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International vigilance mandatory.

Look in the dictionary for a definition of melting pot, and it ought to say "see Toledo? Like many mid-sized cities in America's heartland, Toledo is a diverse mix of old-world cultures and new-world realities.

Toledo is home to substantial Polish, Hungarian, and other ethnic communities, plus significant numbers of Hispanics and African Americans. In addition, one of the largest Islamic mosques in the Midwest is located in our nearby suburb of Perrysburg.

Just fifty miles to the north sits the busiest border crossing between the United States and our long-time and occasionally misunderstood ally--and largest trading partner--Canada.

So it is not accidental that The Blade, in its news columns and on its pages of opinion, recognizes the importance of international news, editorials, and op-ed commentary.

Several times when John Tennant was still serving the Canadian government as its consul-general in Detroit, he commented to our editorial board that few American newspapers paid more attention to Canada than The Blade.

We value that recognition because in the real world of today, a newspaper cannot look inward only. With our family of readers now scattered around the planet and reading us via the Internet, our thoughts on the future of the Balkans are as important as our can't-fail editorial solution for a local sewer overflow problem or administrative controversy at the Toledo Zoo.

Our newspaper's commitment to thinking, reporting, and editorializing on a global scale was reaffirmed five years ago after the untimely passing of a dear friend and editorial board colleague, Thomas Wellman, a skilled writer who was well known to the NCEW membership.

Tom was our resident expert on foreign affairs, with a special interest in Canada and foreign trade issues, and while we mourned him on a personal level, we also recognized that his loss created a professional void as well.

We elected to search for a new editorialist in the same mold and determined that we would not limit our search to the United States, so we placed an ad in the International Herald Tribune. Our qualifications were simple and straightforward: We wanted a commentator who could write in a provocative fashion about geopolitics and speak with an insider's knowledge about trade, about diplomacy, about America's place in the world.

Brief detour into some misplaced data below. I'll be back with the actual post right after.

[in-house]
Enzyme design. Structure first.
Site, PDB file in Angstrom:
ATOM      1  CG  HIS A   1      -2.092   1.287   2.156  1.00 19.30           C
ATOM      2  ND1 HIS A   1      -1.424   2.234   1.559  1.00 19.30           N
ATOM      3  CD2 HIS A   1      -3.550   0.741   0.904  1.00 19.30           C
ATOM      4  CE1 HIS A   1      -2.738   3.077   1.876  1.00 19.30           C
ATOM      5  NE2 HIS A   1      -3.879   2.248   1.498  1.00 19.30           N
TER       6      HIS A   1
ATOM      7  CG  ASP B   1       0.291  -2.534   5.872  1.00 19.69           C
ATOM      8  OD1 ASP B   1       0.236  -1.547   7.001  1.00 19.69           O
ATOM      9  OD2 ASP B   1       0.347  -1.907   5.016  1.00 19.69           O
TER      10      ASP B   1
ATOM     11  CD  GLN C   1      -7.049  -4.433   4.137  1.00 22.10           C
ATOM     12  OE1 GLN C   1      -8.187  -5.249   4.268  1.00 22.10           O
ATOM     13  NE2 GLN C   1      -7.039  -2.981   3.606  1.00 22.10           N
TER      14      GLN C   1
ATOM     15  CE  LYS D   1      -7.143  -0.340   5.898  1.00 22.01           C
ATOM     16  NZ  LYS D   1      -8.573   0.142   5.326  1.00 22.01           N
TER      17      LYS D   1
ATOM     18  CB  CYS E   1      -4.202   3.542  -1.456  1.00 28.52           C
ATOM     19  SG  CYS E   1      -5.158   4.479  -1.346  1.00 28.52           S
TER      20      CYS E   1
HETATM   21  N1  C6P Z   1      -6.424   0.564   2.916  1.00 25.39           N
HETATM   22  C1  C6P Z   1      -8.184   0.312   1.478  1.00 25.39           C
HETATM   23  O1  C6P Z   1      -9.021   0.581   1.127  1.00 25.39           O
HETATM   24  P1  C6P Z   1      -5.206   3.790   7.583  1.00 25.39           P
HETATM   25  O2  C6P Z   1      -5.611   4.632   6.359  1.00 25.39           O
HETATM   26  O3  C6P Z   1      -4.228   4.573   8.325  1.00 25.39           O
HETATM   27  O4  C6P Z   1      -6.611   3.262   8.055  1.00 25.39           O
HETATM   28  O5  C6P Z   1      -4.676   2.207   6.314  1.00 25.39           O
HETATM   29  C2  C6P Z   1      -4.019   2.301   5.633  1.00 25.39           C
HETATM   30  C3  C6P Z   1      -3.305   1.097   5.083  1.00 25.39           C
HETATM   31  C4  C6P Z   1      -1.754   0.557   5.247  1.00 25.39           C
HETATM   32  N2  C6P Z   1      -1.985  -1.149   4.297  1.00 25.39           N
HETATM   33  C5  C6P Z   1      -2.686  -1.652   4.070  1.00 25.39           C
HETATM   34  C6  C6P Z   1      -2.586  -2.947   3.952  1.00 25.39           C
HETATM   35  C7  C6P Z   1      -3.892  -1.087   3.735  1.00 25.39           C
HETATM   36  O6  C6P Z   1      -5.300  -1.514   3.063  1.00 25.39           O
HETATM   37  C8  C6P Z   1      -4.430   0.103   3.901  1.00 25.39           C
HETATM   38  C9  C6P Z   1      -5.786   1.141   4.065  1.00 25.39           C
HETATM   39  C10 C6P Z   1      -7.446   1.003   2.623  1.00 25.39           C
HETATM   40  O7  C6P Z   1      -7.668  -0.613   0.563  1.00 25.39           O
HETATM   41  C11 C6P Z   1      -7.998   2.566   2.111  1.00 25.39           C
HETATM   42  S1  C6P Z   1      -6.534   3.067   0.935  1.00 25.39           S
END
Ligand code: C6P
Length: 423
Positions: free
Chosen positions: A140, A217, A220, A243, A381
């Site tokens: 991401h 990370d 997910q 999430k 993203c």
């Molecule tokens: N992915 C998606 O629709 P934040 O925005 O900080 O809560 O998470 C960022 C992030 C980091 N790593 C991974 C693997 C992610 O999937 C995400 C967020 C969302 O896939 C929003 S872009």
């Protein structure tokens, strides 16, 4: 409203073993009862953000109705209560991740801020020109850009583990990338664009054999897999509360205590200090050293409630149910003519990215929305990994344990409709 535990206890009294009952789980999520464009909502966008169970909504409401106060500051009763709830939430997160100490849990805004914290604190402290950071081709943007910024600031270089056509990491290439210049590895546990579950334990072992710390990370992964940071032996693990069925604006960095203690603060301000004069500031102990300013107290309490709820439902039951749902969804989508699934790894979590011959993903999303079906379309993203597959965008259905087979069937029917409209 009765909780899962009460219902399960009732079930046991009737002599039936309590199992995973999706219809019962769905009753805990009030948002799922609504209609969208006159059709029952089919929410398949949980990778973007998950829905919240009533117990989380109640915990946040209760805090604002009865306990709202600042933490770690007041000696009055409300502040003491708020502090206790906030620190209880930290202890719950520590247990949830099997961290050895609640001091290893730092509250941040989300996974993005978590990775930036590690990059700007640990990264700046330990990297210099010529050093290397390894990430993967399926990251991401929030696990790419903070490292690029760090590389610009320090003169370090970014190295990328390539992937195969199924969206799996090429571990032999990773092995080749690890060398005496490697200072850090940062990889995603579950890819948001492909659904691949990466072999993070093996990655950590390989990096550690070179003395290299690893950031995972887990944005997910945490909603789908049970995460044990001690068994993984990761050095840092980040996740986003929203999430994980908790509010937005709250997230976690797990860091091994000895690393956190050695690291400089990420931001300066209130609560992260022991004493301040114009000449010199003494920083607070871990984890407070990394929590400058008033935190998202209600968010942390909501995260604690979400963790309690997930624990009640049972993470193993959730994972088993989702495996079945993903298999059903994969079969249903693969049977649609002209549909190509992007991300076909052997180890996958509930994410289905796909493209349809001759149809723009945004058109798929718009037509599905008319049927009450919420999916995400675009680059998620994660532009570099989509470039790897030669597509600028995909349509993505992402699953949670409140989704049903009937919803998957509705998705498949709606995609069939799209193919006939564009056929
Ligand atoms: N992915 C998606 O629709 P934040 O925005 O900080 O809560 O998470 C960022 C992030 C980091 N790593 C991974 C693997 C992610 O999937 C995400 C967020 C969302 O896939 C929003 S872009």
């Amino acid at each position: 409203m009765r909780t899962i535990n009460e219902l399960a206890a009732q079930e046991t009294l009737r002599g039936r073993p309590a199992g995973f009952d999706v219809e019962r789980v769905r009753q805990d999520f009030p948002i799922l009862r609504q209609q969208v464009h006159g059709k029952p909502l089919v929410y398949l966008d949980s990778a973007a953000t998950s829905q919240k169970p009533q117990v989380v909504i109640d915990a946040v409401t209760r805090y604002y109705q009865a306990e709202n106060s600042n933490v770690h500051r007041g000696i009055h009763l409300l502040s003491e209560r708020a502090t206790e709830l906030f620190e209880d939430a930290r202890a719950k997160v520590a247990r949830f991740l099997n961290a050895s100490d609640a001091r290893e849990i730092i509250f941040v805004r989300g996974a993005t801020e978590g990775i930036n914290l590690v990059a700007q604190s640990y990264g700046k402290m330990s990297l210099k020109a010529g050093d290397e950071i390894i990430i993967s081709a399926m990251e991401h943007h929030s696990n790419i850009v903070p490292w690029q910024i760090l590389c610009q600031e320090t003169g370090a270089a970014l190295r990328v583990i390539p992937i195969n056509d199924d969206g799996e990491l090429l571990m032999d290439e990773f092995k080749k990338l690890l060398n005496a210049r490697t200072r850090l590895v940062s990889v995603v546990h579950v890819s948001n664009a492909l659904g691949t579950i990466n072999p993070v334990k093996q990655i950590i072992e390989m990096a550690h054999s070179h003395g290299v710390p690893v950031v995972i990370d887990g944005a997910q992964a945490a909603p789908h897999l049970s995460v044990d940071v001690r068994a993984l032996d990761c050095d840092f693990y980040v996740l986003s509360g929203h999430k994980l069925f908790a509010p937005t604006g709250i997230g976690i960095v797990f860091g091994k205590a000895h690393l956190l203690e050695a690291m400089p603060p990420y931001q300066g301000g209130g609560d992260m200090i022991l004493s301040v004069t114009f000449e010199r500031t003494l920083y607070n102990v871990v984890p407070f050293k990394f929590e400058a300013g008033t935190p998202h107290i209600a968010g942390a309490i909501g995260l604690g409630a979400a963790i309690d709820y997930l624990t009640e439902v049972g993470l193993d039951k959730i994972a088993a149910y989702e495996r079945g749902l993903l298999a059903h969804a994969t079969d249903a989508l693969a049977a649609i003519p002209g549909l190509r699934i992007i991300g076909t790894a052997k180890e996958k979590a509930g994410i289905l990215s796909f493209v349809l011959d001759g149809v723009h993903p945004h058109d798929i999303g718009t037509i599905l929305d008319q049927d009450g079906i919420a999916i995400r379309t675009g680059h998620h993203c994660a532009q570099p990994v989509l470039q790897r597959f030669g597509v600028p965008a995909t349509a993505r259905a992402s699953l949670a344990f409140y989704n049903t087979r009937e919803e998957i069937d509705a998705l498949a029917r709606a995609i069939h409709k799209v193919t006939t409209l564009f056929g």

The responses were plentiful and uniformly excellent. But one especially caught our eye. It came not from a journalist but from a thirty-five-year veteran of the diplomatic corps, a career foreign service officer and diplomat, and a man with an impressive list of ambassadorial assignments in Europe and Africa.

His sample columns suggested we had found our man, and today Daniel Simpson is a valued member of the editorial boards of both The Blade and our sister newspaper, the Pittsburgh Post-Gazette. Dan's editorials appear several times a week in both papers, and he produces a once-a-week column as well.

The Blade's commitment to the world around us is nothing new. Not many American newspapers, especially newspapers our size, can keep a foreign correspondent in Europe and wherever else he may be needed, but The Blade did for nearly thirty years.

Fernand Auberjonois's relationship with our late publisher, Paul Block Jr., and later our current publisher, John Robinson Block, was solid evidence of that commitment. It was a relationship that endured past Auberjoinois's retirement in 1983 until his death in 2004.

I firmly believe that this commendable emphasis on international reporting and commentary makes our newspaper and our editorial pages among the liveliest around.

Perhaps we do not always have the same positive influence--or the same swift gratification--after commenting on foreign affairs that we did when we fought for the construction of a new downtown ballpark for the Toledo Mud Hens, or when making a case for switching our city's form of government from city manager to strong mayor. We pushed hard for both and achieved both.

But you can bet the State Department knows all about Dan Simpson's new career and is keenly aware of The Blade and Post-Gazette's intense interest in foreign policy. In short, they know we're watching.

At a time when our country endures a war seemingly without end, terrorism remains an unseen enemy, and our relationship with significant portions of the global community is strained, the vigilance of our editorial pages is mandatory.

Thomas Walton is editor and vice president of the Toledo Blade. E-mail
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Title Annotation:SYMPOSIUM: Editorializing on international issues
Author:Walton, Thomas
Publication:The Masthead
Geographic Code:1U3OH
Date:Jun 22, 2006
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